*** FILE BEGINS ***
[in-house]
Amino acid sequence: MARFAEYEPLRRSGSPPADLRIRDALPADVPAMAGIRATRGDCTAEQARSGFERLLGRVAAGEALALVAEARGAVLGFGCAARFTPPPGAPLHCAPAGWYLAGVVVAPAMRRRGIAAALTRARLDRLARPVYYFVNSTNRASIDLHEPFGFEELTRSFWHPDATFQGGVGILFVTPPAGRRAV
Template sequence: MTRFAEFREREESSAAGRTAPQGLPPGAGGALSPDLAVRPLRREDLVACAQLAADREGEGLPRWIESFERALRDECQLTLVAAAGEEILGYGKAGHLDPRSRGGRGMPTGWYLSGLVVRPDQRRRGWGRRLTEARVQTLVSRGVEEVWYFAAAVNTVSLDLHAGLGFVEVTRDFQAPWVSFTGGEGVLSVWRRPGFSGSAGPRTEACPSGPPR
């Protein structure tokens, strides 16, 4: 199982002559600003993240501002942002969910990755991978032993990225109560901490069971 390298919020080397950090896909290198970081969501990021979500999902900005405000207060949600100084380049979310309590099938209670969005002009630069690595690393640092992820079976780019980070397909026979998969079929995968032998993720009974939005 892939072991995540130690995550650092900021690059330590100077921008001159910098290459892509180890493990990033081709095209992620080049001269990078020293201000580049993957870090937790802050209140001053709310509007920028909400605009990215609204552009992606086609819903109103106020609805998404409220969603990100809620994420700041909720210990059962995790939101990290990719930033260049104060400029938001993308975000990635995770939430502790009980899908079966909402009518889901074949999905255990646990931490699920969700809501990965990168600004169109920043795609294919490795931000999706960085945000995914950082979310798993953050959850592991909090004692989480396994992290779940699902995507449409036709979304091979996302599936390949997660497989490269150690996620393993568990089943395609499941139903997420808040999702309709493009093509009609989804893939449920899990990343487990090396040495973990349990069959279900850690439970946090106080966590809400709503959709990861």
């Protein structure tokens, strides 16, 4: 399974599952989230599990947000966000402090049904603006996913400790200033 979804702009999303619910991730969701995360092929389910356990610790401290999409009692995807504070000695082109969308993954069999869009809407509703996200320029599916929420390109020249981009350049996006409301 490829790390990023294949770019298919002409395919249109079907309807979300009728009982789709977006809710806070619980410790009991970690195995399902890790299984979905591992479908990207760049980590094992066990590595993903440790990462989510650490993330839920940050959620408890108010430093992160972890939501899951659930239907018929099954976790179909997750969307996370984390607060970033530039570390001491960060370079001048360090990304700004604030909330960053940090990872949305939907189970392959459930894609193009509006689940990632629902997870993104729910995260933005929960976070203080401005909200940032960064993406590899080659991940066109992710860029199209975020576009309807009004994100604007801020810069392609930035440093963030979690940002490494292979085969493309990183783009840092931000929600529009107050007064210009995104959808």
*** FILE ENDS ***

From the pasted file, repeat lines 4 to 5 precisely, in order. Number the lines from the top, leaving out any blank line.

């Protein structure tokens, strides 16, 4: 199982002559600003993240501002942002969910990755991978032993990225109560901490069971 390298919020080397950090896909290198970081969501990021979500999902900005405000207060949600100084380049979310309590099938209670969005002009630069690595690393640092992820079976780019980070397909026979998969079929995968032998993720009974939005 892939072991995540130690995550650092900021690059330590100077921008001159910098290459892509180890493990990033081709095209992620080049001269990078020293201000580049993957870090937790802050209140001053709310509007920028909400605009990215609204552009992606086609819903109103106020609805998404409220969603990100809620994420700041909720210990059962995790939101990290990719930033260049104060400029938001993308975000990635995770939430502790009980899908079966909402009518889901074949999905255990646990931490699920969700809501990965990168600004169109920043795609294919490795931000999706960085945000995914950082979310798993953050959850592991909090004692989480396994992290779940699902995507449409036709979304091979996302599936390949997660497989490269150690996620393993568990089943395609499941139903997420808040999702309709493009093509009609989804893939449920899990990343487990090396040495973990349990069959279900850690439970946090106080966590809400709503959709990861």
């Protein structure tokens, strides 16, 4: 399974599952989230599990947000966000402090049904603006996913400790200033 979804702009999303619910991730969701995360092929389910356990610790401290999409009692995807504070000695082109969308993954069999869009809407509703996200320029599916929420390109020249981009350049996006409301 490829790390990023294949770019298919002409395919249109079907309807979300009728009982789709977006809710806070619980410790009991970690195995399902890790299984979905591992479908990207760049980590094992066990590595993903440790990462989510650490993330839920940050959620408890108010430093992160972890939501899951659930239907018929099954976790179909997750969307996370984390607060970033530039570390001491960060370079001048360090990304700004604030909330960053940090990872949305939907189970392959459930894609193009509006689940990632629902997870993104729910995260933005929960976070203080401005909200940032960064993406590899080659991940066109992710860029199209975020576009309807009004994100604007801020810069392609930035440093963030979690940002490494292979085969493309990183783009840092931000929600529009107050007064210009995104959808």